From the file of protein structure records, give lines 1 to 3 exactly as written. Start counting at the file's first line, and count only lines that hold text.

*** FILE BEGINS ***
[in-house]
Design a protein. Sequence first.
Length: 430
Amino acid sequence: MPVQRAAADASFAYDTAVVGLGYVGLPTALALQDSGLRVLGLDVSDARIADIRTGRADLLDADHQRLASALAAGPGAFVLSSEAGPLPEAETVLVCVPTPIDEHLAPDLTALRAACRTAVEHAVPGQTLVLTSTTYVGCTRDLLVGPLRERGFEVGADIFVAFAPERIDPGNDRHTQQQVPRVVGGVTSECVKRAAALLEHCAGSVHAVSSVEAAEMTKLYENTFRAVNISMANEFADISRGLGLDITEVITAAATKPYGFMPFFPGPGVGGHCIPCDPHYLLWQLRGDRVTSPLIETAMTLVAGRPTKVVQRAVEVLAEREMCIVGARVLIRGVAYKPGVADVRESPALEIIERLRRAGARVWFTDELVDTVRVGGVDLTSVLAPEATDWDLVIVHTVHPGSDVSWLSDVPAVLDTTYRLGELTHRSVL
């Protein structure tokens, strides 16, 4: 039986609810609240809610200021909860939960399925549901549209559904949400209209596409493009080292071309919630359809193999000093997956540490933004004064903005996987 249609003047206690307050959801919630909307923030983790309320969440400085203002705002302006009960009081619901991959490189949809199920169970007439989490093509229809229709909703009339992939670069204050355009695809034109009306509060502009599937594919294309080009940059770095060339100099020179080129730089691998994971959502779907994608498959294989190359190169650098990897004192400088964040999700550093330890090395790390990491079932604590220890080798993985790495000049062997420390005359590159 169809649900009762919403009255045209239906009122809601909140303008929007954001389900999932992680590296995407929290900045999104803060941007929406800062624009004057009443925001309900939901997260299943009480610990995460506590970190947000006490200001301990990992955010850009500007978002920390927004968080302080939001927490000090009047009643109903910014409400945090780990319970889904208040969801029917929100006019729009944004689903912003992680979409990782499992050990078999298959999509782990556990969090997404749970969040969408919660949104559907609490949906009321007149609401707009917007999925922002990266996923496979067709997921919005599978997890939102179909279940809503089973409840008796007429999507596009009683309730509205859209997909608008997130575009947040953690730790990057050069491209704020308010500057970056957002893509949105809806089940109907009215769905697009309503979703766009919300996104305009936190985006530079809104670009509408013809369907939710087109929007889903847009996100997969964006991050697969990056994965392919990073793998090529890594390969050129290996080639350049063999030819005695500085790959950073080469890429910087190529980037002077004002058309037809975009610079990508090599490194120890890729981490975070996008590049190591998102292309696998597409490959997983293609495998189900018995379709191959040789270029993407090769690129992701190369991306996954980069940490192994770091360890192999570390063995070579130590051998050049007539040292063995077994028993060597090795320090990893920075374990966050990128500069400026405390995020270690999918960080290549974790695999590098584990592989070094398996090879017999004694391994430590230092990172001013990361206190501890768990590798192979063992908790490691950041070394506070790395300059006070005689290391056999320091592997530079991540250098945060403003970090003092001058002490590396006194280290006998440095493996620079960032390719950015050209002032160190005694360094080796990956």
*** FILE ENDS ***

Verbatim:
[in-house]
Design a protein. Sequence first.
Length: 430